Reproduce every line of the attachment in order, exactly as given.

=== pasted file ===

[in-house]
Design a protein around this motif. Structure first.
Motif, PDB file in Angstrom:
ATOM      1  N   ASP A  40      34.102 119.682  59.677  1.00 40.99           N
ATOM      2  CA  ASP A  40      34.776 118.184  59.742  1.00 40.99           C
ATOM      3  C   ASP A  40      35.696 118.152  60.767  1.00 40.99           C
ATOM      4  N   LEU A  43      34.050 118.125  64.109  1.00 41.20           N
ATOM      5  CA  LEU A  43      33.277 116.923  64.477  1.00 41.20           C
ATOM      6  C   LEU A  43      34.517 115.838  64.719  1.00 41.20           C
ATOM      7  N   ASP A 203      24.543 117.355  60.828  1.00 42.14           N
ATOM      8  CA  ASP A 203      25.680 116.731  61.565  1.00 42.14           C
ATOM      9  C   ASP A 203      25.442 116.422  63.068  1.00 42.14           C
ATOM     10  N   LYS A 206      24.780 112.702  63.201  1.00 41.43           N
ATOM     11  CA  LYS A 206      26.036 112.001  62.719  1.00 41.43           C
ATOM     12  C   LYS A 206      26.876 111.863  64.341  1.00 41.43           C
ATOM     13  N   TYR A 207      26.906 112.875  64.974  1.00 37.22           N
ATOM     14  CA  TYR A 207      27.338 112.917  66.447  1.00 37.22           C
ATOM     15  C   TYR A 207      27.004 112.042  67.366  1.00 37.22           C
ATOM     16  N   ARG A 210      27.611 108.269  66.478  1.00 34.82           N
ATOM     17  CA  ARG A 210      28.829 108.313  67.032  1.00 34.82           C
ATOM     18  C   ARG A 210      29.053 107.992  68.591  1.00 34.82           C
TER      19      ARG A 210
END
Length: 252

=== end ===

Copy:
[in-house]
Design a protein around this motif. Structure first.
Motif, PDB file in Angstrom:
ATOM      1  N   ASP A  40      34.102 119.682  59.677  1.00 40.99           N
ATOM      2  CA  ASP A  40      34.776 118.184  59.742  1.00 40.99           C
ATOM      3  C   ASP A  40      35.696 118.152  60.767  1.00 40.99           C
ATOM      4  N   LEU A  43      34.050 118.125  64.109  1.00 41.20           N
ATOM      5  CA  LEU A  43      33.277 116.923  64.477  1.00 41.20           C
ATOM      6  C   LEU A  43      34.517 115.838  64.719  1.00 41.20           C
ATOM      7  N   ASP A 203      24.543 117.355  60.828  1.00 42.14           N
ATOM      8  CA  ASP A 203      25.680 116.731  61.565  1.00 42.14           C
ATOM      9  C   ASP A 203      25.442 116.422  63.068  1.00 42.14           C
ATOM     10  N   LYS A 206      24.780 112.702  63.201  1.00 41.43           N
ATOM     11  CA  LYS A 206      26.036 112.001  62.719  1.00 41.43           C
ATOM     12  C   LYS A 206      26.876 111.863  64.341  1.00 41.43           C
ATOM     13  N   TYR A 207      26.906 112.875  64.974  1.00 37.22           N
ATOM     14  CA  TYR A 207      27.338 112.917  66.447  1.00 37.22           C
ATOM     15  C   TYR A 207      27.004 112.042  67.366  1.00 37.22           C
ATOM     16  N   ARG A 210      27.611 108.269  66.478  1.00 34.82           N
ATOM     17  CA  ARG A 210      28.829 108.313  67.032  1.00 34.82           C
ATOM     18  C   ARG A 210      29.053 107.992  68.591  1.00 34.82           C
TER      19      ARG A 210
END
Length: 252